Mielke: Benchmark milk prices slide
The first benchmark milk price of 2018 is not good news for dairy producers and, hopefully, not a Punxsutawney Phil type prediction of “six more weeks of winter.” The Class III fell to $14 per hundredweight (cwt.), down $1.44 from December 2017 and $2.77 below January 2017, lowest Class III price since June 2016, but is 63 cents above California’s comparable 4b price. The Class III price equates to $1.20 per gallon, down from $1.33 in December and $1.44 a year ago.
Friday Class III futures settlements portend a February price at $13.63; March, $13.61; and April at $13.80; with a peak at only $15.78 in October.
The January Class IV milk price is $13.13 per cwt., down 38 cents from December, $3.06 below a year ago, and the lowest Class IV since May 2016.
California’s comparable January 4b cheese milk price is $13.37, down 15 cents from December, $2.62 below a year ago, and the lowest 4b price since June 2016. The January 4a butter-powder price is $12.93, down 43 cents from December, $2.74 below a year ago, and the lowest 4a price since May 2016.
Cash dairy product prices saw little change the week of Jan. 29 as traders absorbed the neutral to bearish December Dairy Products report. Block Cheddar cheese closed Feb. 2 at $1.4625 per pound, down a penny on the week and 27 3/4-cents below a year ago. The barrels finished a half-cent higher at $1.3250, 38 1/4-cents below a year ago and 13 3/4-cents below the blocks. Three cars of block traded hands and 25 of barrel.
Dairy Market News reports that cheese production in the Midwest varies by plant but cheese sales are “generally meeting expectations.” Process cheesemakers, in particular, suggest that sales have increased from a very slow start in 2018. Pizza cheese suppliers also report a demand uptick. But, milk into cheese, for the most part, is discounted, with prices ranging $3 under to $1 over Class.
It adds that “There is some positivity regarding market tones among contacts. Although the path to some steadiness has not been cogent, there is currently a bullish sentiment as prices are appealing to buyers who have, until recently, been very hesitant to purchase more than absolutely necessary.”
Western cheese makers continue to push milk through cheese vats. With ample milk supplies, cheese production is active and many facilities are running at or near capacity. Some Class II manufacturers have pulled a little more milk into their facilities, helping ease the pressure. Contacts report an increase in demand from both export and domestic markets, possibly due to lower prices.
“Whether due to more favorable prices or the Super Bowl surge, manufacturers note an increase in buyer activity,” DMN said. “Inventories are still heavy but the uptick has drawn total stocks down slightly.”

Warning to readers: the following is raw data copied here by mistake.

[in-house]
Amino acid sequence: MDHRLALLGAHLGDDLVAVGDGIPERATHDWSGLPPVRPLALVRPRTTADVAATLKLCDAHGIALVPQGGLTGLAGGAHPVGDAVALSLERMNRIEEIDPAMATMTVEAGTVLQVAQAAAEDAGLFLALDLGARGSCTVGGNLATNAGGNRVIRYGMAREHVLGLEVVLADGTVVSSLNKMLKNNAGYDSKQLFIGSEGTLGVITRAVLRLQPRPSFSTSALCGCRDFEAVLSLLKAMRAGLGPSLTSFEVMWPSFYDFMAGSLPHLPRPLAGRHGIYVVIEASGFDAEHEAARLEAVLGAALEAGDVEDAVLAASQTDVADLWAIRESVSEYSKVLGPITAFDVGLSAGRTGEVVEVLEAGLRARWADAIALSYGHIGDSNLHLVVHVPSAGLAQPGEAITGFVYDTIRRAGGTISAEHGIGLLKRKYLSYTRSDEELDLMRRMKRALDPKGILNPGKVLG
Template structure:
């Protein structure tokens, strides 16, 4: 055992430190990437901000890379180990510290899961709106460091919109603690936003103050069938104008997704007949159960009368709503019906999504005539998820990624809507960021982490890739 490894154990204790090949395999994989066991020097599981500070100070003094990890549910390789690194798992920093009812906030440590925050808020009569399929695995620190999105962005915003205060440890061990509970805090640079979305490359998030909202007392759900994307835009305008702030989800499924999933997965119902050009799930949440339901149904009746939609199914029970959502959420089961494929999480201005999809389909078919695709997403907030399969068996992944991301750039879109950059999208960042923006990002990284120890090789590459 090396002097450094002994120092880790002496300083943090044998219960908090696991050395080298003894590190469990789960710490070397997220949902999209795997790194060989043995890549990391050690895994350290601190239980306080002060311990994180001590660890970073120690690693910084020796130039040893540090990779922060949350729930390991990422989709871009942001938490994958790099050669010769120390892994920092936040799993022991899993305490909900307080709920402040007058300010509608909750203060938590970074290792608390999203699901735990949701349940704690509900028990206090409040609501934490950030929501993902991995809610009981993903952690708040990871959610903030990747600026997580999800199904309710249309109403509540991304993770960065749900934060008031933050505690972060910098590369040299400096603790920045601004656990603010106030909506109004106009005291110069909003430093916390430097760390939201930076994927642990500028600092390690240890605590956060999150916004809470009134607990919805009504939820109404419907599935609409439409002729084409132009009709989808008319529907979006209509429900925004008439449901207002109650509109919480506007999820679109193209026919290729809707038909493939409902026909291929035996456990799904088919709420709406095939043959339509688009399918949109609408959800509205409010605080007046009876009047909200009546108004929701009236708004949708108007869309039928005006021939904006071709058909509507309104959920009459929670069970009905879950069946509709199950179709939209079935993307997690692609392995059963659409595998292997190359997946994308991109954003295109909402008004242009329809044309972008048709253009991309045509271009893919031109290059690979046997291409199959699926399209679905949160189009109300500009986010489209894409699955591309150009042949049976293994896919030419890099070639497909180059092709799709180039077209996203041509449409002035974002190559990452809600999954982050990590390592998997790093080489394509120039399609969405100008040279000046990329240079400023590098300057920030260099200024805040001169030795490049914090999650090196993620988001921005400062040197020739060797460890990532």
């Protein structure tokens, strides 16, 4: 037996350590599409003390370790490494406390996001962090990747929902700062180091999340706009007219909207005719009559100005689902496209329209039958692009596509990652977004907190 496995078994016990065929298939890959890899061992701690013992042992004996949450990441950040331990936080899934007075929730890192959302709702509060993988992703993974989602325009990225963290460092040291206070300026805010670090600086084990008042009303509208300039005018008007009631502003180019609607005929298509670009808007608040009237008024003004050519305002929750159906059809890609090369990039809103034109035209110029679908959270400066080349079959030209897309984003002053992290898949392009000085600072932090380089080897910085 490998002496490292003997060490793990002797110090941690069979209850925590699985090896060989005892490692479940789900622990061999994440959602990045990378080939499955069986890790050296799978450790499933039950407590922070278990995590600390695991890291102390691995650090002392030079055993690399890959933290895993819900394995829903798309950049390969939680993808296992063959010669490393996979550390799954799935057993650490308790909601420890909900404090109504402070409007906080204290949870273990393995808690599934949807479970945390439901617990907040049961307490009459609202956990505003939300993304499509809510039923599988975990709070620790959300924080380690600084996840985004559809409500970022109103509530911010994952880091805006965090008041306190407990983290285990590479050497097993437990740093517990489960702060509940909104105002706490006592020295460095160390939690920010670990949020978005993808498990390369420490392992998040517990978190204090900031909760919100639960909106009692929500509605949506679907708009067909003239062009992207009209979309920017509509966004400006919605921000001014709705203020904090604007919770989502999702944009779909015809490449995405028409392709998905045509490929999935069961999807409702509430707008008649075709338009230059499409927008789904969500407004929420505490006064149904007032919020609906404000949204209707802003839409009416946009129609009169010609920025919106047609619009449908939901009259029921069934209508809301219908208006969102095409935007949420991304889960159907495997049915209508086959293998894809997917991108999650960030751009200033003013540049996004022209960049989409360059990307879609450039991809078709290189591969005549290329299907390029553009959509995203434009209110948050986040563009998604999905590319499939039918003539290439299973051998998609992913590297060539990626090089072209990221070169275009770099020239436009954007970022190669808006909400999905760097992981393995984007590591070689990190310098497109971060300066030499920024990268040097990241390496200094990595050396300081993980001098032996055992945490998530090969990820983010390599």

Cash butter closed Feb. 2 at $2.1150 per pound, down 1 1/2 cents on the week and 4 1/4 cents below a year ago, with nine cars exchanging hands on the week.
Butter sales are seasonally quiet, according to DMN, but demand is “generally meeting seasonal expectations.” Butter makers suggest production activity is steady, as cream remains available from within and outside the Midwest and contacts suggest that the uptick in butter stocks in the latest Cold Storage report is “less concerning for butter than other commodities. As butter’s public perception has shown marked improvements in recent years, contacts suggest a need for increased supplies.” That said, others “question whether the butter market tones can remain resilient, as all other dairy commodities bear the brunt of low prices and/or instability.”
Western butter output is heavier due to “above needs supplies of cream.” Processors are selling some of their cream but supplies are so abundant they have to churn more butter and processing capacities seem to be limited in some areas. Butter inventories are also growing. Current demand is “alive but seems to not be enough to keep up with the speed of production.”
Cash Grade A nonfat dry milk closed the week at 72 1/4 cents per pound, up 1 1/4 cents but 21 3/4 cents below a year ago, with 21 cars sold on the week.
Meanwhile, a drop in the U.S. All Milk price average, plus higher corn and soybean prices served to pull the December milk feed price ratio sharply lower. The Agriculture Department’s Ag Prices report shows the December ratio at 2.38 down from 2.54 in November and 2.73 in December 2016.
The U.S. All-Milk price averaged $17.20 per cwt., down 90 cents from November and $1.70 below December 2016. California showed the bottom price, at $15.73 per cwt., down $1.22 from November and $1.82 below a year ago. Michigan and Arizona didn’t fare much better, at $16. Wisconsin averaged $17.80, down $1.20 from November and $1.90 below a year ago.
December corn averaged $3.23 per bushel, up 8 cents from November but 9 cents below December 2016. Soybeans averaged $9.30 per bushel, up 8 cents from November but 34 cents per bushel below a year ago. Alfalfa hay averaged $148 per ton, unchanged from November, but $21 per ton above a year ago.
The December cull price for beef and dairy combined averaged $62 per cwt., down $1.40 from November, after dropping $2 the previous month. That’s also 90 cents above December 2016 and $9.60 below the 2011 base average of $71.60.
The January price received for milk cows averaged $1,520 per head, down $90 from October 2017 and $100 per head below January 2017. Wisconsin cows averaged $1,470 per head, down $140 from October and $260 below January 2017. California averaged $1,500 per head, down $100 from October and $100 below January 2016.❖
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Fresh spring growth is a welcome sight for producers looking for animal forage. However, this lush growth may also be the perfect set of conditions for a case of grass tetany.